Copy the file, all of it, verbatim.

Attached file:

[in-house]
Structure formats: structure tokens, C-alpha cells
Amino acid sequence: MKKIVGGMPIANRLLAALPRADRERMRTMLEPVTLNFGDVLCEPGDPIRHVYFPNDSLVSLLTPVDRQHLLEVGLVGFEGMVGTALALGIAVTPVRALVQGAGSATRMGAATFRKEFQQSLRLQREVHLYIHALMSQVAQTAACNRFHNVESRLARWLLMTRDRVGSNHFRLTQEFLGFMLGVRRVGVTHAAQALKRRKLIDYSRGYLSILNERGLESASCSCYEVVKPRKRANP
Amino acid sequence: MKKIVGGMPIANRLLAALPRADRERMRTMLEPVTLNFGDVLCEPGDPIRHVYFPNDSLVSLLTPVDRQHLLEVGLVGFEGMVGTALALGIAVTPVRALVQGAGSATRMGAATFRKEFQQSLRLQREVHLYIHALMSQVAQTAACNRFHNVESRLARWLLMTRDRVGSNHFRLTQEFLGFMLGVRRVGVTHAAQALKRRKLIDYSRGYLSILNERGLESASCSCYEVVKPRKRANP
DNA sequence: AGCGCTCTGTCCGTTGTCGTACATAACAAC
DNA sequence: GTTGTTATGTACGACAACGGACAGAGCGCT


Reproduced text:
[in-house]
Structure formats: structure tokens, C-alpha cells
Amino acid sequence: MKKIVGGMPIANRLLAALPRADRERMRTMLEPVTLNFGDVLCEPGDPIRHVYFPNDSLVSLLTPVDRQHLLEVGLVGFEGMVGTALALGIAVTPVRALVQGAGSATRMGAATFRKEFQQSLRLQREVHLYIHALMSQVAQTAACNRFHNVESRLARWLLMTRDRVGSNHFRLTQEFLGFMLGVRRVGVTHAAQALKRRKLIDYSRGYLSILNERGLESASCSCYEVVKPRKRANP
Amino acid sequence: MKKIVGGMPIANRLLAALPRADRERMRTMLEPVTLNFGDVLCEPGDPIRHVYFPNDSLVSLLTPVDRQHLLEVGLVGFEGMVGTALALGIAVTPVRALVQGAGSATRMGAATFRKEFQQSLRLQREVHLYIHALMSQVAQTAACNRFHNVESRLARWLLMTRDRVGSNHFRLTQEFLGFMLGVRRVGVTHAAQALKRRKLIDYSRGYLSILNERGLESASCSCYEVVKPRKRANP
DNA sequence: AGCGCTCTGTCCGTTGTCGTACATAACAAC
DNA sequence: GTTGTTATGTACGACAACGGACAGAGCGCT